By EMILY SHAPIRO and DANIEL MANZO, ABC News
(NEW YORK) — Tropical Storm Isaias is expected to strengthen to a Category 1 hurricane as it approaches northeastern South Carolina and southern North Carolina on Monday.
Hurricane warnings have been issued for parts of the Carolinas and tropical storm alerts stretch from Florida to New England. Isaias is forecast to bring torrential rain, flash flooding and storm surge.
At 11 a.m., Isaias was moving north at 13 mph and was located about 80 miles east-southeast of Brunswick, Georgia.
As Isaias approaches the Carolinas, storm surge may reach 5 feet, especially near the South Carolina-North Carolina border. Tornadoes are also possible in the Carolinas.
North Carolina Gov. Roy Cooper declared a state of emergency on Friday.
Evacuations have been ordered for Hatteras and Ocracoke Islands, Ocean Isle Beach, Holden Beach and Caswell Beach.
The last hurricane to make landfall in North Carolina was Dorian in 2019. The last hurricane to make landfall in South Carolina was Matthew in 2016.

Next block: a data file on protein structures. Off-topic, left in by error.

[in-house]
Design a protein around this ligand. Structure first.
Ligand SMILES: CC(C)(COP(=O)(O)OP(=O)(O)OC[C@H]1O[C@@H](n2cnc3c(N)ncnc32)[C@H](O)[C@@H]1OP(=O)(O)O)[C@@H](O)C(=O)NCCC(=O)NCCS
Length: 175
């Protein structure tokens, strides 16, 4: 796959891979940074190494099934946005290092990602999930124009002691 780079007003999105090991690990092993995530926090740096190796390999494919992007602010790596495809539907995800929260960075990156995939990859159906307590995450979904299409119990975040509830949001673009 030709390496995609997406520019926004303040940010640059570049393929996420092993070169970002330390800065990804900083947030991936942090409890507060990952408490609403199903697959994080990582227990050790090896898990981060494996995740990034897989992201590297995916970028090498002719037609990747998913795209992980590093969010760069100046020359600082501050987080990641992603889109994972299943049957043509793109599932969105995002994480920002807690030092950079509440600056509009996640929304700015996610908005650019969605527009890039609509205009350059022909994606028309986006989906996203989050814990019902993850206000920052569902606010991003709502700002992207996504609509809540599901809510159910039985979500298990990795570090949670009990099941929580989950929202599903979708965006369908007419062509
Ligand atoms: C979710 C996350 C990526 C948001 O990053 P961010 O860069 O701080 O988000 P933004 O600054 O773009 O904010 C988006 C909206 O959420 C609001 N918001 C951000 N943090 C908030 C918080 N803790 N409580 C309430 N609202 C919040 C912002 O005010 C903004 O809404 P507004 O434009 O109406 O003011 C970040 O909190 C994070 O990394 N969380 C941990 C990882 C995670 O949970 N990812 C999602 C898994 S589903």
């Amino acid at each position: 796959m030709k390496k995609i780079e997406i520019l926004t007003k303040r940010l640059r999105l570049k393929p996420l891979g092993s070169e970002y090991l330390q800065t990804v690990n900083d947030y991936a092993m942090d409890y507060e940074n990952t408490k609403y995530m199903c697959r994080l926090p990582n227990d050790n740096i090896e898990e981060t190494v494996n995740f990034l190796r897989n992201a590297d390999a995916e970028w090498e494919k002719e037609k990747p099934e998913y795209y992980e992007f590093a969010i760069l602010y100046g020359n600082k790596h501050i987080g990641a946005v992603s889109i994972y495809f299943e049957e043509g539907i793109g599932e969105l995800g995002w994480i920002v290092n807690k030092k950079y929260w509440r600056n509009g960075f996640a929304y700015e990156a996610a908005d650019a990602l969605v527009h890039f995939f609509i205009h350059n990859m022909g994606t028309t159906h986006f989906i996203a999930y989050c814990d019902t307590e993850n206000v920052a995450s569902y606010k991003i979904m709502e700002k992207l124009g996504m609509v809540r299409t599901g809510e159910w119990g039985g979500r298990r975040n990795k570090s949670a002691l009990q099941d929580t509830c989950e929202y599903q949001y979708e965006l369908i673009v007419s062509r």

After landfall in the Carolinas, Isaias will weaken and race up the East Coast.
Isaias will reach the Mid-Atlantic by early morning Tuesday and the Northeast by Tuesday night.
Over six inches of rain are forecast for the Mid-Atlantic.
The heaviest rainfall is expected to hit along the Interstate 95 corridor from Washington, D.C., to Philadelphia to New York City.
New York City is expected to get hit by tropical-storm force winds, storm surge and several inches of rain, city officials said.
Lower Manhattan is particularly vulnerable to storm surge, New York City Mayor Bill de Blasio said Monday. Emergency management crews are deploying flood protection measures, he said.
“We are not taking any chances at all,” de Blasio said.
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